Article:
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Review: UnWholly by Neal Shusterman

Posted on the 30 August 2012 by Literaryexploration @Lit_Explorer
Review: UnWholly by Neal Shusterman
Review: UnWholly by Neal Shusterman UnWholly (Unwind #2) by Neal Shusterman
Publication Date: August 28th, 2012
Publisher: Simon & Schuster Books for Young Readers
Page Count: 352 pages
Format: ARC
Source: Publisher
UnWholly (Unwind, #2)*I received a copy of this book from the publisher in exchange for an honest review*
*This is the second book in a trilogy; review may contain spoilers if you have not read the first*
Thanks to Connor, Lev, and Risa — and their high-profile revolt at Happy Jack Harvest Camp — people can no longer turn a blind eye to unwinding. Ridding society of troublesome teens while simultaneously providing much-needed tissues for transplant might be convenient, but its morality has finally been brought into question. However, unwinding has become big business, and there are powerful political and corporate interests that want to see it not only continue, but also expand to the unwinding of prisoners and the impoverished.
Cam is a product of unwinding; made entirely out of the parts of other unwinds, he is a teen who does not technically exist. A futuristic Frankenstein, Cam struggles with a search for identity and meaning and wonders if a rewound being can have a soul. And when the actions of a sadistic bounty hunter cause Cam’s fate to become inextricably bound with the fates of Connor, Risa, and Lev, he’ll have to question humanity itself.
Rife with action and suspense, this riveting companion to the perennially popular Unwind challenges assumptions about where life begins and ends—and what it means to live.
Holy wow. UnWholly opens up a whole new can of worms, shedding light on the more complicated aspects of unwinding and creating a shady gray area between both sides. There were characters I wanted to hate just because of what they were or how they thought, but I knew that there was more to it. There were characters I wanted to slap because their choices disregarded their feelings and opinions on unwinding. As much as I loved this book, I struggled to look at things from all perspectives. Shusterman's world has begun to change, as do our beloved characters and the way they view it. While Unwind was a heartbreaking story, one that I loved to no end, UnWholly provides more story lines, more characters, and a complexity that will challenge the way you think.
Connor, Lev, and Risa are still the same amazing characters I grew to love in Unwind, but they're struggling with new issues now. Risa can no longer walk, Connor must rule the graveyard, and Lev has to live with the consequences of becoming the clapper who didn't clap. In addition, we meet Cam, who has been built rather than born, Starkey, the stork who wants to rule, and Miracolina, the tithe who will stop at nothing to be unwound. Each new character adds another layer to Shusterman's story that will make you stop and think about this society that allows teens to become unwound. I had a hard time accepting Cam and I'm not even sure if I do yet. He's been built from the best parts of 99 unwinds, but is that his fault? He's an abomination, but is he really alive? I just couldn't wrap my head around the idea that he was okay. Even being compared to Frankenstein's monster paints a picture of death and something unnatural, something that should never have been allowed to live.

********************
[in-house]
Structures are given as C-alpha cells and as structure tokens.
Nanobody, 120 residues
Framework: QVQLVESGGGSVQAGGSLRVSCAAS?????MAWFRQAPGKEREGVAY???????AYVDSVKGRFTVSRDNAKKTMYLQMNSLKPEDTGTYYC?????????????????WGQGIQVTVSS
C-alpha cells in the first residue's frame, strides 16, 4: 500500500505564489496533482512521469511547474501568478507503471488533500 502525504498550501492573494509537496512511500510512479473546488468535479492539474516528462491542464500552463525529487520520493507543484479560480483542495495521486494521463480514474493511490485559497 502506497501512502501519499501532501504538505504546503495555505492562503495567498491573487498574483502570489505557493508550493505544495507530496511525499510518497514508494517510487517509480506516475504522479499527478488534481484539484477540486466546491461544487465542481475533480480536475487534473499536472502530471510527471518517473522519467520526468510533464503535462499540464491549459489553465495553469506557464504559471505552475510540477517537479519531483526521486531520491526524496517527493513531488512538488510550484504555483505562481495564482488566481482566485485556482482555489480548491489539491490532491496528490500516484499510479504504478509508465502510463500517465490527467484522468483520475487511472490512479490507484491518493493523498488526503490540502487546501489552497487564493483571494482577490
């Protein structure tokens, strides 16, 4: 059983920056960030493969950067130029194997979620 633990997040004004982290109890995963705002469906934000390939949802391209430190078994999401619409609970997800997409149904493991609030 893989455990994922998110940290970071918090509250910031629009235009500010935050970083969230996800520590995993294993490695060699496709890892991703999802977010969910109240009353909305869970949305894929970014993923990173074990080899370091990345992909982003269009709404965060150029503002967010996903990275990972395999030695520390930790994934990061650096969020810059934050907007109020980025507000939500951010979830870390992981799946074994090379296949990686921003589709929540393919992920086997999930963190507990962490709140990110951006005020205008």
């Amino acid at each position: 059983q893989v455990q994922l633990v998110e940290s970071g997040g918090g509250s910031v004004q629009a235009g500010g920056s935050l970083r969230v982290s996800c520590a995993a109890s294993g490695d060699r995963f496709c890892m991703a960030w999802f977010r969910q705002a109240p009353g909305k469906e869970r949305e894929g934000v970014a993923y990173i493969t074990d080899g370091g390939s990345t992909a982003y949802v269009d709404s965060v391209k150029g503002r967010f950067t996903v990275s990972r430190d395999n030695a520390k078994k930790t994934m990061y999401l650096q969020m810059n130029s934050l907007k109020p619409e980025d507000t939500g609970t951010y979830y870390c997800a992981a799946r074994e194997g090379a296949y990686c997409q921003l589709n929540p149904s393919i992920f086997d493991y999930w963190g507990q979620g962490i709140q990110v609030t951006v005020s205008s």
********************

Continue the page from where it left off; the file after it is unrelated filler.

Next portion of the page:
The inclusion of propaganda advertisements that discusse the benefits of unwinding is included throughout the story which really messed with my mind. Maybe I'm just gullible or easily persuaded into things, but I started to second guess myself and personal feelings towards unwinding, which I'm sure is exactly what Shusterman had in mind. The writing style is still spectacular, gorgeous, elegant, beautiful, thought-provoking, and all the other gushing things I tend to say about Shusterman. His world-building is amazing, adding levels of complexity in UnWholly that left me unsure about who was right and who was wrong. And by the end, I couldn't hold the emotions in anymore. Shusterman's ability to tug at my heartstrings unwound my feelings and left me an emotional wreck.
If you haven't already picked up Unwind you definitely need to. This series of stories is unlike anything I've ever read. Shusterman's ability to create a world so horrifying, yet so complicated is remarkable. After finishing this one I cannot wait to get my hands on whatever is coming next! Be warned, this book will have you second guessing yourself and our beloved characters. I loved the inclusion of advertisements because it makes the world all the more real and makes the ideas of unwinding, and why people fell for them, so much easier to understand. If you're a fan of books like The Hunger Games and Uglies this is definitely one you're not going to want to miss!!

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